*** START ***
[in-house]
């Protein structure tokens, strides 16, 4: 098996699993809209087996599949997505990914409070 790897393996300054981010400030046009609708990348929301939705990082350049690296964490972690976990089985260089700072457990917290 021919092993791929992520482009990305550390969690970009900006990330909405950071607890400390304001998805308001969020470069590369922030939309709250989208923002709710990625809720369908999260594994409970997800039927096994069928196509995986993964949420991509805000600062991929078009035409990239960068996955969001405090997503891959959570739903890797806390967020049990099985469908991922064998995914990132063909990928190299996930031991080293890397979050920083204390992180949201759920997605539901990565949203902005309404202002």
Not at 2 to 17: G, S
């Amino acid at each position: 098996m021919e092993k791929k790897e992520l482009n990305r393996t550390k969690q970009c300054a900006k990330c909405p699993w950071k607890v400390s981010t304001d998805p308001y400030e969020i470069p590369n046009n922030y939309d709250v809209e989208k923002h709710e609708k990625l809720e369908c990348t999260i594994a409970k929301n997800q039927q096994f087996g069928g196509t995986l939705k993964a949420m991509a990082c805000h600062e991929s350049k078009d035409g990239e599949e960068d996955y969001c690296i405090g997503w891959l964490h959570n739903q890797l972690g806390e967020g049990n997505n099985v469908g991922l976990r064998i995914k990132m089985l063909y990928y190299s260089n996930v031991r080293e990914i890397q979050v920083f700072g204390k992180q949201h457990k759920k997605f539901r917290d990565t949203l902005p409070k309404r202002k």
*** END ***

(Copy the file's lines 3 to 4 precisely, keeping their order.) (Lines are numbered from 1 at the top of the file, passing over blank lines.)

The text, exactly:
Not at 2 to 17: G, S
């Amino acid at each position: 098996m021919e092993k791929k790897e992520l482009n990305r393996t550390k969690q970009c300054a900006k990330c909405p699993w950071k607890v400390s981010t304001d998805p308001y400030e969020i470069p590369n046009n922030y939309d709250v809209e989208k923002h709710e609708k990625l809720e369908c990348t999260i594994a409970k929301n997800q039927q096994f087996g069928g196509t995986l939705k993964a949420m991509a990082c805000h600062e991929s350049k078009d035409g990239e599949e960068d996955y969001c690296i405090g997503w891959l964490h959570n739903q890797l972690g806390e967020g049990n997505n099985v469908g991922l976990r064998i995914k990132m089985l063909y990928y190299s260089n996930v031991r080293e990914i890397q979050v920083f700072g204390k992180q949201h457990k759920k997605f539901r917290d990565t949203l902005p409070k309404r202002k």